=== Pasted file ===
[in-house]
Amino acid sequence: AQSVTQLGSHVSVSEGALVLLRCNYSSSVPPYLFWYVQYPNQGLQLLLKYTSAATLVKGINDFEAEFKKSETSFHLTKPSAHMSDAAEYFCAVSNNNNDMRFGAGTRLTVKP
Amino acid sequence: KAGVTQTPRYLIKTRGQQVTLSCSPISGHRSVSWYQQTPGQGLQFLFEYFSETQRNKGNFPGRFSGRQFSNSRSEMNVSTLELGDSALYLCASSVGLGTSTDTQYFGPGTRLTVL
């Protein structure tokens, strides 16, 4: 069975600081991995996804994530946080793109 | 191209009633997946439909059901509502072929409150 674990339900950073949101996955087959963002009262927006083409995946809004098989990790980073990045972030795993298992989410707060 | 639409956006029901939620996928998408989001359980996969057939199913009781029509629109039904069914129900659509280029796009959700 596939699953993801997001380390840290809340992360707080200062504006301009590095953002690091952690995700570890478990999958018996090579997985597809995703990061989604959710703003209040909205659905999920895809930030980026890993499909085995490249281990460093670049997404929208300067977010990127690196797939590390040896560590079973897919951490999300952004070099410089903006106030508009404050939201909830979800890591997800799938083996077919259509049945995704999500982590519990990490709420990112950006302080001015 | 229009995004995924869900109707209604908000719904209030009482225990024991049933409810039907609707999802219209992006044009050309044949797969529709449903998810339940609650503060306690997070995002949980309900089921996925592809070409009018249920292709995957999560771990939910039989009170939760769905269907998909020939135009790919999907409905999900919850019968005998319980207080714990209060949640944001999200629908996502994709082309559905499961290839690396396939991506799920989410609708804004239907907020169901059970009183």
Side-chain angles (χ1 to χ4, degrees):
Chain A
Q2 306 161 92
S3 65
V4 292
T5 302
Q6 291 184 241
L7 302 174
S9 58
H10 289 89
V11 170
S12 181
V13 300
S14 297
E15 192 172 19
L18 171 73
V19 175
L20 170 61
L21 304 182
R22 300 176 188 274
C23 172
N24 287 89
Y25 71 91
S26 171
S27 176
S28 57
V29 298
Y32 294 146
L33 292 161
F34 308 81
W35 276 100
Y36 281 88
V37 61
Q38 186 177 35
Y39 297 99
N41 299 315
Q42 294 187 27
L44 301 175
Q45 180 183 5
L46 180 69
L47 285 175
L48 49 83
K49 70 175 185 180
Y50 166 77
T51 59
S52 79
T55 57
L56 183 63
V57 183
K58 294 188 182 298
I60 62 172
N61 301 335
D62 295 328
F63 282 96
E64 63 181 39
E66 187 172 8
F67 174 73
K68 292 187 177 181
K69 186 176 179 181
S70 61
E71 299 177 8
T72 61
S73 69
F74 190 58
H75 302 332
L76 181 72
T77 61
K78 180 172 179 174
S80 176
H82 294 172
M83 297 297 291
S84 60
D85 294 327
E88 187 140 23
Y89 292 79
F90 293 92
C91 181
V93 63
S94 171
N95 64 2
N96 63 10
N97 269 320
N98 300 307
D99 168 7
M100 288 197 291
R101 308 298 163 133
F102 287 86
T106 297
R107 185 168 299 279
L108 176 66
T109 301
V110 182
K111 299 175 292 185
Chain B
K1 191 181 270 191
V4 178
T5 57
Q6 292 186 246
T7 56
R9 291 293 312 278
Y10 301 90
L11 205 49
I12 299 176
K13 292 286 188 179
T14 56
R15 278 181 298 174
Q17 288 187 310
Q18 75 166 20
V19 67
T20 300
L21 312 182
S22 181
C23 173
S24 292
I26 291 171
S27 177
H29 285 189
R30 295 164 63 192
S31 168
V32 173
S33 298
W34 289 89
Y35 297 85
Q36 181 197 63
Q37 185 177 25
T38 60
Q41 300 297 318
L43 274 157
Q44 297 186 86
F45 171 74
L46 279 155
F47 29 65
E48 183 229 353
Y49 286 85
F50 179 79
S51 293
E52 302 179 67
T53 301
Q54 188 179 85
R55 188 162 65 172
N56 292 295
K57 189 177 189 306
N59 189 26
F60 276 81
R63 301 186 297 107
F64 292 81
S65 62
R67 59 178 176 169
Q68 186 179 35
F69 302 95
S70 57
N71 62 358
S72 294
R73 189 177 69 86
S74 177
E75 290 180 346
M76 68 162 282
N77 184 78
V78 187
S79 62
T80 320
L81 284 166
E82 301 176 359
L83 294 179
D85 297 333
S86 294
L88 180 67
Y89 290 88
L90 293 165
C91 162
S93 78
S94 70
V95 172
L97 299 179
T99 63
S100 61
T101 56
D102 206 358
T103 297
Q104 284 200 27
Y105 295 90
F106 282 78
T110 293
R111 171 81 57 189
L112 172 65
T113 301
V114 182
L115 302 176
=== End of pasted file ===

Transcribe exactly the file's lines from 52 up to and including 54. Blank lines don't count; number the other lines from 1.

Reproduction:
L56 183 63
V57 183
K58 294 188 182 298